I died at the tender age of four. I stood at the front of the sanctuary, the first of my sisters in line next to my parents, all of us dressed in our Sunday best. As much as our parents had prepared us the night before, I felt nervous and embarrassed to be at the center of attention.
As good presbyterians do, the pastor dipped his hand in the baptismal font and then placed his hand on my head. The water dripped gently down onto my eyelashes, my cheeks. “I baptize you in the name of the Father, the Son, and the Holy Spirit.”
No one told us then that with those words, with the water poured on my carefully brushed brown hair, I was dead.
The Western church speaks the language of victory. The resurrection triumph, the promises of Jesus to be present and powerful, Scripture’s awe-inspiring miracles all fill our sermons and memory verses and words of encouragement to each other. And well they should, for, as Paul reflected, without the resurrection we are a bunch of deluded, hopeless people.
Yet our celebration all too often eclipses that other reality: death. We, eager to participation in the resurrection of Jesus, forget that the only way to get there is through also participating in his death. We may have crosses on our church buildings and in our sanctuaries, but only Jesus’ passion comes to mind when we see them. Our own lives are curiously removed from the story, as it becomes something simply done on our behalf.
The imagery of baptism, however, confronts the ease with which we keep death at arms’ length. In the imagery of baptism, Christ’s death is participatory. In the letter to the Romans, Paul asks, almost in disbelief, “Do you not know that all of us who have been baptized into Christ Jesus were baptized into his death? We were buried therefore with him by baptism into death, in order that, just as Christ was raised from the dead by the glory of the Father, we too might walk in newness of life” (Rom. 6:3-4). The message of Jesus’ death and resurrection is the death sentence to our sin nature, “the old self,” as Paul calls it throughout his letters.
Believers in the early church had this imagery clearly set before them in word and deed. Baptismal fonts were often in the shape of a cross, or even a tomb. In the fourth century, the Easter season became the most popular time for baptisms, and bishops used the paschal symbols of death and rebirth in their sermons. One early church theologian, Cyril of Jerusalem, describes the act of going down into the waters of baptism as being buried in the waters, just as Christ was buried in the grave. Only by descent into death can we be raised to life.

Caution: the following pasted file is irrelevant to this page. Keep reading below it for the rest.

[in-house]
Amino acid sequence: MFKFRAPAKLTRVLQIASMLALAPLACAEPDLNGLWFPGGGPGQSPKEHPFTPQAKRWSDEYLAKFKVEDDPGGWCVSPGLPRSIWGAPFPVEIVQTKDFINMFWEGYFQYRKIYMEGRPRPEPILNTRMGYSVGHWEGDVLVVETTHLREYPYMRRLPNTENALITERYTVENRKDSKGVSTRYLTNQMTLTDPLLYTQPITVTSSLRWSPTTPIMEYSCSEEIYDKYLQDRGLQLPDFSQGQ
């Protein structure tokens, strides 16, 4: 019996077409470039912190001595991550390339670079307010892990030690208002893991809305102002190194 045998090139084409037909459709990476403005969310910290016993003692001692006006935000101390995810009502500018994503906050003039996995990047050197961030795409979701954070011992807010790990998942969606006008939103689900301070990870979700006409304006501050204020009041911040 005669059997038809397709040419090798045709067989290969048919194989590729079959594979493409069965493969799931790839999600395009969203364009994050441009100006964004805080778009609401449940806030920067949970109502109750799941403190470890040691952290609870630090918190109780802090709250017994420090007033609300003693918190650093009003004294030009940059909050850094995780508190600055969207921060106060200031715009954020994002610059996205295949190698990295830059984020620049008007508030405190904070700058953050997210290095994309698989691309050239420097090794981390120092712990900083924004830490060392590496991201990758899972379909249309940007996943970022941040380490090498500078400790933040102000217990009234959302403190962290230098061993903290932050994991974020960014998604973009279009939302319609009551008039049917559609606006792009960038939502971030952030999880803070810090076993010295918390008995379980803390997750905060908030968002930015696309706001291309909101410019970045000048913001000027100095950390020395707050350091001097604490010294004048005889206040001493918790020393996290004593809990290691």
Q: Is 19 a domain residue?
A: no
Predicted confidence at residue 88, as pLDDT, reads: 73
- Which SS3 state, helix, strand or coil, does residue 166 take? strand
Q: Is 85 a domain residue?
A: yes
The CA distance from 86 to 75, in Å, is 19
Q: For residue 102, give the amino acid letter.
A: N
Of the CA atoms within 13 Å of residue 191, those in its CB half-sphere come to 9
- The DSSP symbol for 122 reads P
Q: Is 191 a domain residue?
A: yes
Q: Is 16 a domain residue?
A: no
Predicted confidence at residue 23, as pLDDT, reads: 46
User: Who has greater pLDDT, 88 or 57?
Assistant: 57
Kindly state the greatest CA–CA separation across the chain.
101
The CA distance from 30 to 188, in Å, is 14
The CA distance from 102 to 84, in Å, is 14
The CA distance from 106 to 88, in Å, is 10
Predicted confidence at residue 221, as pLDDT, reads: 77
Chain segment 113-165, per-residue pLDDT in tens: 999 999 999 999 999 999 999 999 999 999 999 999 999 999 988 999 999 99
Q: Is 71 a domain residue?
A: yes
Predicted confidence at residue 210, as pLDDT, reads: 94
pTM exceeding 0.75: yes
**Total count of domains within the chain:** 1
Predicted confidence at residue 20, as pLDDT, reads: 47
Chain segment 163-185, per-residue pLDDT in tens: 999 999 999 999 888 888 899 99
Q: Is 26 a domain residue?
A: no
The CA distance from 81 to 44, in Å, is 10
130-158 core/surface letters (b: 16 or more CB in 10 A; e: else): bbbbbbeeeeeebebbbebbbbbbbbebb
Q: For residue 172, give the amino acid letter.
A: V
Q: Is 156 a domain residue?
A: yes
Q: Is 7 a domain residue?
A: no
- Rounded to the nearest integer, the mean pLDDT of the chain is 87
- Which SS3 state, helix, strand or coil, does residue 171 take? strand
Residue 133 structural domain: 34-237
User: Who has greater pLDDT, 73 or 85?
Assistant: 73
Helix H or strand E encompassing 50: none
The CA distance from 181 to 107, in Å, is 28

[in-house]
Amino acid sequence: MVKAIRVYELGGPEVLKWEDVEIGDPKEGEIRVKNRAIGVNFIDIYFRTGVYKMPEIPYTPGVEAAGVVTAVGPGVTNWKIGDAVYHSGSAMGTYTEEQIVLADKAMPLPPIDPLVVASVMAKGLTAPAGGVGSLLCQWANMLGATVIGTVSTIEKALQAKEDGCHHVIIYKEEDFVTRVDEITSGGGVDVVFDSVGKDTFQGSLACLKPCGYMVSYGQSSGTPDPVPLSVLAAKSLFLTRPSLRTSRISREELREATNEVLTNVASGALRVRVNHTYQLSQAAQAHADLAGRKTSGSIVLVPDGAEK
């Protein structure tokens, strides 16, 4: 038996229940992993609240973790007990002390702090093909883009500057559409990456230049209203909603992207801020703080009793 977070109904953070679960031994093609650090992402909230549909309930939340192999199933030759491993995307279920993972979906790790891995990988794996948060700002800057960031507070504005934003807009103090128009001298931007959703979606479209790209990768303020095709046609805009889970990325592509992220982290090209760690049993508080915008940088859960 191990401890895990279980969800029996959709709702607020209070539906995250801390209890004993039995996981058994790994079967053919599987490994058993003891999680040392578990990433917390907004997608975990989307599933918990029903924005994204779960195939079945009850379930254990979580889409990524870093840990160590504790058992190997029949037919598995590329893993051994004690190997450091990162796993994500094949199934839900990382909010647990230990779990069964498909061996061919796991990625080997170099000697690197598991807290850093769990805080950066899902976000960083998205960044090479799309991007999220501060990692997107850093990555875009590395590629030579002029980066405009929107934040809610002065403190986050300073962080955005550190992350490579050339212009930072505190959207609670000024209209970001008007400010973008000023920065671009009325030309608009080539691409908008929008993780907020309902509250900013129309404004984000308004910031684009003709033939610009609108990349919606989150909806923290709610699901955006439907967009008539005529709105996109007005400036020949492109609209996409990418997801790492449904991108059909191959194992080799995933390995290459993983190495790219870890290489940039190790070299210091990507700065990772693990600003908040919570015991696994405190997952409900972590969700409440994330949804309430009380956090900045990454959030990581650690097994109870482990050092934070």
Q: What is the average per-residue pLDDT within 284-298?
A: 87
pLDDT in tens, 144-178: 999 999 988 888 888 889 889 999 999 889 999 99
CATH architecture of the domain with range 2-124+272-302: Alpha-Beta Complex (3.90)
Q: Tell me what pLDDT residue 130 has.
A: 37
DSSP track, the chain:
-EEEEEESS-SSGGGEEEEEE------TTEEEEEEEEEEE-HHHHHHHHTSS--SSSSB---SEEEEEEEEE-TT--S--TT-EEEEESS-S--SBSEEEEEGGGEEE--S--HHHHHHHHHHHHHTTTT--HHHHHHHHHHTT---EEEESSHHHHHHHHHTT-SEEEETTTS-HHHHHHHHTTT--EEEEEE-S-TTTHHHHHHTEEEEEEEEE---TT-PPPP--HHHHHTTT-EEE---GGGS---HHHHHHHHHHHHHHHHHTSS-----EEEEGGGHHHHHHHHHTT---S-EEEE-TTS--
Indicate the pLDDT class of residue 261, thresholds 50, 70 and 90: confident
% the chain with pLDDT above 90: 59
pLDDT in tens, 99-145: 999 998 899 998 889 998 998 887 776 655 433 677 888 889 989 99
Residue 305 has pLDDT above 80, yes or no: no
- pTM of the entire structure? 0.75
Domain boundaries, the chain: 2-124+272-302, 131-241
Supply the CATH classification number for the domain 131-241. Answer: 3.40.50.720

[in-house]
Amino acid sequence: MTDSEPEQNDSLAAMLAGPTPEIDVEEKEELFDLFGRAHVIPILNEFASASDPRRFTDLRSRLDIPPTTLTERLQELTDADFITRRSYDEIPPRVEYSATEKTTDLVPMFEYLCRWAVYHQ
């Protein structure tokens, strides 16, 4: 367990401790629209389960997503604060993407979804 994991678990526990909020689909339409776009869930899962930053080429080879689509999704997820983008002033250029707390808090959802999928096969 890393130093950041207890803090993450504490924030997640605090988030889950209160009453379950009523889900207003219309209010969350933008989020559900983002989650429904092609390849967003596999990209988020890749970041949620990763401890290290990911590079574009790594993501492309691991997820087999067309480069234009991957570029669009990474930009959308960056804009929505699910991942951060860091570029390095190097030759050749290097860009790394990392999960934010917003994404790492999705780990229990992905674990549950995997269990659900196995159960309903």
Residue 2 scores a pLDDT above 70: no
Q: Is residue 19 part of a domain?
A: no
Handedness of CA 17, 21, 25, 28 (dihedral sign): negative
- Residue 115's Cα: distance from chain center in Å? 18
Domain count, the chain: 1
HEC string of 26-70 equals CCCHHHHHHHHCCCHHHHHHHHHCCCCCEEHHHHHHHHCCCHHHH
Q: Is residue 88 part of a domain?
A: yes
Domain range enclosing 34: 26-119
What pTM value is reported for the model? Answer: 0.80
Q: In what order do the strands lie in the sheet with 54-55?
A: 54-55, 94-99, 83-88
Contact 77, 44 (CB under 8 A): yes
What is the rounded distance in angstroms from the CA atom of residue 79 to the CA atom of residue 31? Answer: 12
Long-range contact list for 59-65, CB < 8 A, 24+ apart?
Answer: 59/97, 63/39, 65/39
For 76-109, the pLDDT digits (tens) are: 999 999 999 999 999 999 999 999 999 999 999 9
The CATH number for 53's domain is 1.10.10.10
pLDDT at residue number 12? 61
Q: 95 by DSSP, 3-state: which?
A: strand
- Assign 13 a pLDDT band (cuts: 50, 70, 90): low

I don’t often think about how all of me went to the grave with that handful of water scooped on my head. Into the grave went my dreams and desires, my will and my independence — and they have been trying to escape ever since.
To my dismay, I find myself diving through that watery grave to dredge up my old self, clinging to those selfish desires and comforts, those yearnings after things that are empty and destructive. Some days I can feel the weight of my old self hanging around my neck, smell its death-stench. Yet it is not an easy thing to disentangle myself from its grasp and throw it once more under the waters of baptism.
For that, I need one who intimately knows the struggle against sin and death, one who has not only passed through the waters of baptism but has endured the cross and grave as well. Only in union with him, a union proclaimed in my baptism, will I find the strength to leave my old self buried in the waters.